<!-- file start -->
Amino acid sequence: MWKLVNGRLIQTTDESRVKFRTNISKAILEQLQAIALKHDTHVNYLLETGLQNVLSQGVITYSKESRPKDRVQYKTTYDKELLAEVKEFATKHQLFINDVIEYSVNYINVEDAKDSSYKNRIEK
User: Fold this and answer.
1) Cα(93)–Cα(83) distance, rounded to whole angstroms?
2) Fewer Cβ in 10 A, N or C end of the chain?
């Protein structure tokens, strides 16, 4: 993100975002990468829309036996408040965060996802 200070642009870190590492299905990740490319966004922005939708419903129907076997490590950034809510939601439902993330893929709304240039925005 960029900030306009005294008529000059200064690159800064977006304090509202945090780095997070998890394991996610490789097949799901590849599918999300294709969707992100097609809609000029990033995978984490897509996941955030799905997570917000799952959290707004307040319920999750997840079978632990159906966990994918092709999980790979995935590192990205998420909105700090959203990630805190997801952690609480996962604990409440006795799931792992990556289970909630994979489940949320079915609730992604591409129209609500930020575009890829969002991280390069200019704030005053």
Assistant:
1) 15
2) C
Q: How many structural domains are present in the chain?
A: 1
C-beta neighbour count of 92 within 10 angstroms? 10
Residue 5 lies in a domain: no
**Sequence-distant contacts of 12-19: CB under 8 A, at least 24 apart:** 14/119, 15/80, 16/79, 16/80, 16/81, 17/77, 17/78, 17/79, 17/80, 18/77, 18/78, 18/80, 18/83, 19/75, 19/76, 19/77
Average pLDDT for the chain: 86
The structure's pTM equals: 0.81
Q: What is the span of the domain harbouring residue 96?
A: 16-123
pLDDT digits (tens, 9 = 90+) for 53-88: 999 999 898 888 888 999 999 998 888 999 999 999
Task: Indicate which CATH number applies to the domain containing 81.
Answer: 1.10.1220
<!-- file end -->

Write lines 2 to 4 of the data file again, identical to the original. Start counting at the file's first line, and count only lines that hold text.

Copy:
User: Fold this and answer.
1) Cα(93)–Cα(83) distance, rounded to whole angstroms?
2) Fewer Cβ in 10 A, N or C end of the chain?